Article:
Oklahoma’s LSTA Projects
ODL receives approximately $2.1 million each year under the Grants to States Program, and has two years to use the dollars. The following projects were funded from October 2014 through September 2016. The Department of Libraries’ FFY 2015 report to the Institute of Museum and Library Services (IMLS) was submitted in December of 2016.
Projects below are listed based on the amount of federal dollars used for funding, from highest dollar amount to lowest.
Statewide Databases ($529,004)
As part of the agency’s Digital Prairie resource, ODL offers EBSCO and Britannica School databases to all types of libraries and their patrons throughout the state. EBSCO offers access to health, business, and educational resources as well as millions of full-text magazine and professional journal articles. Oklahomans performed more than 50 million information searches via EBSCO last year. Oklahoma elementary school and middle school students used the Britannica School online encyclopedia almost 500,000 times during the same period. ODL’s purchase of statewide licenses provides 24/7 access to these resources for all residents of the state. ODL has been offering information databases since 1998, and they are a lifeline for small libraries and small school districts. For larger libraries, the offerings through Digital Prairie frees up funds in the local budget to purchase more specialized resources and meet other patron needs. (This is a continuing, annual project.)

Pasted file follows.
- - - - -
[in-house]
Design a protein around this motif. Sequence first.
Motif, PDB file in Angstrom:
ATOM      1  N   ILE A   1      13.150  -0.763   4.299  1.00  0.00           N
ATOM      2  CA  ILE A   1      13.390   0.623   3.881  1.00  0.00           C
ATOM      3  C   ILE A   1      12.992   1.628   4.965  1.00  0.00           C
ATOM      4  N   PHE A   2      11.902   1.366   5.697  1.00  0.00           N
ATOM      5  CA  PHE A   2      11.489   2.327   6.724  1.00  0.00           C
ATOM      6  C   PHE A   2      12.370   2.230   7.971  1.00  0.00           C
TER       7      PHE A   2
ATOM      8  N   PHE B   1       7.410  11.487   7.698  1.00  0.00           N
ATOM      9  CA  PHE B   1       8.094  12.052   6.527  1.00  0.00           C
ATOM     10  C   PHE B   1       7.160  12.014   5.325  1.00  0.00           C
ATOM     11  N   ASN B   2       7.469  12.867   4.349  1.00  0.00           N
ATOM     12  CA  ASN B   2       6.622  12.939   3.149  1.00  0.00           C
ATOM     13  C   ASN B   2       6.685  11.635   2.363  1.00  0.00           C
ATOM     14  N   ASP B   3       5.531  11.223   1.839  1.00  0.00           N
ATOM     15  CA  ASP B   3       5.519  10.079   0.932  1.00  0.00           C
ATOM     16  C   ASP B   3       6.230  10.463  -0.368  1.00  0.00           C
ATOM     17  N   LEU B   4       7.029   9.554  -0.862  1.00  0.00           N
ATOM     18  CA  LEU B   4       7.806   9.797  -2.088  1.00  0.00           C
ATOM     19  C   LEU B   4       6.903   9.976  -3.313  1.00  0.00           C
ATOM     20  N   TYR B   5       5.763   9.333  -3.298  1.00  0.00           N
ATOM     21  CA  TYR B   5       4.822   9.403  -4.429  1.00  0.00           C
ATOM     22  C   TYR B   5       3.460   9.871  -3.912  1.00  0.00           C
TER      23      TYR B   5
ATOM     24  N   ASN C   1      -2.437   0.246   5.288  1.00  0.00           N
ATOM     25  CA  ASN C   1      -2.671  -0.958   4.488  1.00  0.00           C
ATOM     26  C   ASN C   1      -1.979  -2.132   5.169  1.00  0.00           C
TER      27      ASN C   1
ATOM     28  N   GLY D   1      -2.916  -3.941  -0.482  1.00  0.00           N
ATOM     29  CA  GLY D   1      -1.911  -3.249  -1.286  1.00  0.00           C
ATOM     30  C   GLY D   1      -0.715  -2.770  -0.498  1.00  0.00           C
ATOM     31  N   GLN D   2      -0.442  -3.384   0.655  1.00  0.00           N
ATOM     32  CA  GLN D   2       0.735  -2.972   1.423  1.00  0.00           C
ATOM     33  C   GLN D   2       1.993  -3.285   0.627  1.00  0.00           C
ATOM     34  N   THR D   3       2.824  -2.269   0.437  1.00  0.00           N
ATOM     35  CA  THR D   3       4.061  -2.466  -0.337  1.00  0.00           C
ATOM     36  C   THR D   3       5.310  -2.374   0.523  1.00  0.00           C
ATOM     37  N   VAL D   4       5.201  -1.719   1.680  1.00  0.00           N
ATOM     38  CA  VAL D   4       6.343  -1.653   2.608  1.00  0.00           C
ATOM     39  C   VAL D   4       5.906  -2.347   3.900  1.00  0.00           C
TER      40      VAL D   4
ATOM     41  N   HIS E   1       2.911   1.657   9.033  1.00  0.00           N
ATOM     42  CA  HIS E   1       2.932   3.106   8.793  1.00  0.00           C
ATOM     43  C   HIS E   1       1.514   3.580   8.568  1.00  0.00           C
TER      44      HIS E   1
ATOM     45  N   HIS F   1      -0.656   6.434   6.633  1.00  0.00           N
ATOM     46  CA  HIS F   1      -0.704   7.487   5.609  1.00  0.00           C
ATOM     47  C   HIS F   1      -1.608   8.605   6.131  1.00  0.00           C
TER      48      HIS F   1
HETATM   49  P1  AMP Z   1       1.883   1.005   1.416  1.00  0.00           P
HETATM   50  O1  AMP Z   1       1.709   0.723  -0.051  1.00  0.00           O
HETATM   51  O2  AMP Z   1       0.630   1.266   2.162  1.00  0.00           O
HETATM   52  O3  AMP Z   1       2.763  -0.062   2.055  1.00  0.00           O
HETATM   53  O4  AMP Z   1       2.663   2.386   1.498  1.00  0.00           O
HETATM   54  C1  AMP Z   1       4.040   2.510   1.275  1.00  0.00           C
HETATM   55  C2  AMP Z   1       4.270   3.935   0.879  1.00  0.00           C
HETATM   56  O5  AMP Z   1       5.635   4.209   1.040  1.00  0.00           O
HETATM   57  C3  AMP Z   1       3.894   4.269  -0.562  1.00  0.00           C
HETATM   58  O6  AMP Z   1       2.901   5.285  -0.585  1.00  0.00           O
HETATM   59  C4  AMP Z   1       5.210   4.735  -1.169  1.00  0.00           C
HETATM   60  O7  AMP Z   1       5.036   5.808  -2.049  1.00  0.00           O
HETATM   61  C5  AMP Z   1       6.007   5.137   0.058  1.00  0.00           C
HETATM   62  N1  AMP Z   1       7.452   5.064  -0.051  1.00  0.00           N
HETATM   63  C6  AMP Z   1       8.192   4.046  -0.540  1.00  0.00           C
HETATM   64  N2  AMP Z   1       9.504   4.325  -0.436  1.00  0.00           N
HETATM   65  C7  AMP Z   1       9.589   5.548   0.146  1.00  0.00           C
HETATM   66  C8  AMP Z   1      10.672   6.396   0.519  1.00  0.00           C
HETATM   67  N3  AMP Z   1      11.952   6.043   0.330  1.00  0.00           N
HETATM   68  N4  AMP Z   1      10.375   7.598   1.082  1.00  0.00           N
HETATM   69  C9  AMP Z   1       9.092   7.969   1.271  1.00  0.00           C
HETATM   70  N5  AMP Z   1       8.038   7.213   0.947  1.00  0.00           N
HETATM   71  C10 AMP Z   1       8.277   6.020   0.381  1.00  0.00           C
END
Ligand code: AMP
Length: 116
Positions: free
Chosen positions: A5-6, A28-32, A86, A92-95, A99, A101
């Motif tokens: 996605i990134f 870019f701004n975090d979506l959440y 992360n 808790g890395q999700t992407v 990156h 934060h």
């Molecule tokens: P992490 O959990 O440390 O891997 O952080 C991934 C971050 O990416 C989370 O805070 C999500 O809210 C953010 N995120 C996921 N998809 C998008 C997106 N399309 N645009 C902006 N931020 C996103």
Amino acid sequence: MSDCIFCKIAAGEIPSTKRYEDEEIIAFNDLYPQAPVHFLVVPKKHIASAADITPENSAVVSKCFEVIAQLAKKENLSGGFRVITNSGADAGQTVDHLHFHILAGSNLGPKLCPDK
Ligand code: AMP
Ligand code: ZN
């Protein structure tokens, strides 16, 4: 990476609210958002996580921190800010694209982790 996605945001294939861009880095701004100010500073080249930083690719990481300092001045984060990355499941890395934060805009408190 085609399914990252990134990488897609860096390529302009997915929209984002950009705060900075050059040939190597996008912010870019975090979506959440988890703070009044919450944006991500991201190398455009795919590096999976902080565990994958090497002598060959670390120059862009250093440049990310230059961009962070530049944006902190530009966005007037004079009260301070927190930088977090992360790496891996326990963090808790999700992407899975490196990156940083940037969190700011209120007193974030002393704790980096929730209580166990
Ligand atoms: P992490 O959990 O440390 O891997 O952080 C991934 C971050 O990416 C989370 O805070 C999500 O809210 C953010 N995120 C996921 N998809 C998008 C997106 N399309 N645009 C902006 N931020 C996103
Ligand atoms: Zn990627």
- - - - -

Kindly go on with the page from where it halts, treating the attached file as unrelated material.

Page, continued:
Resource Sharing/Interlibrary Loan ($459,447)
ODL has been helping connect Oklahoma readers with library materials for decades. Services have adapted as technology changed from interlibrary loan (ILL) requests via teletype machines in the 1960s to instant access bibliographic files via the Internet. The agency purchases a statewide subscription to the WorldCat database platform, allowing other Oklahoma WorldCat libraries to save money by avoiding an individual purchase cost to access the worldwide catalog of 2.5 billion resources. ODL also purchases the WorldShare Interlibrary Loan interface for 30 public libraries, and provides ILL services directly to smaller libraries. ODL facilitated 67,882 ILL requests in FFY 2015. In addition, ODL’s main collection of materials serves as an Interlibrary Loan resource, and the agency purchases materials not available in the state for small libraries, institutions, schools, and special libraries. (This is a continuing, annual project. A portion of these funds contributed to the salaries of ODL personnel who manage the statewide ILL program.)
This has been a multi-year project to help Oklahoma public libraries assess and improve their technology networks. Too many of the state’s libraries were not receiving the promised broadband speeds as advertised by their Internet Service Providers. Using results from the Edge project (see entry below), ODL targeted libraries that could benefit from a network assessment to identify any hardware or network problems that were preventing the library from providing the highest possible speeds to their patrons. In addition to the assessment, some libraries also received remediation grants to implement assessment recommendations. By the end of 2016, 51 libraries had received a Network Assessment and/or Remediation grants. Assessments were also a tool in providing guidance to libraries as they applied for E-rate assistance. (This is a continuing project.)
Health Literacy ($137,619)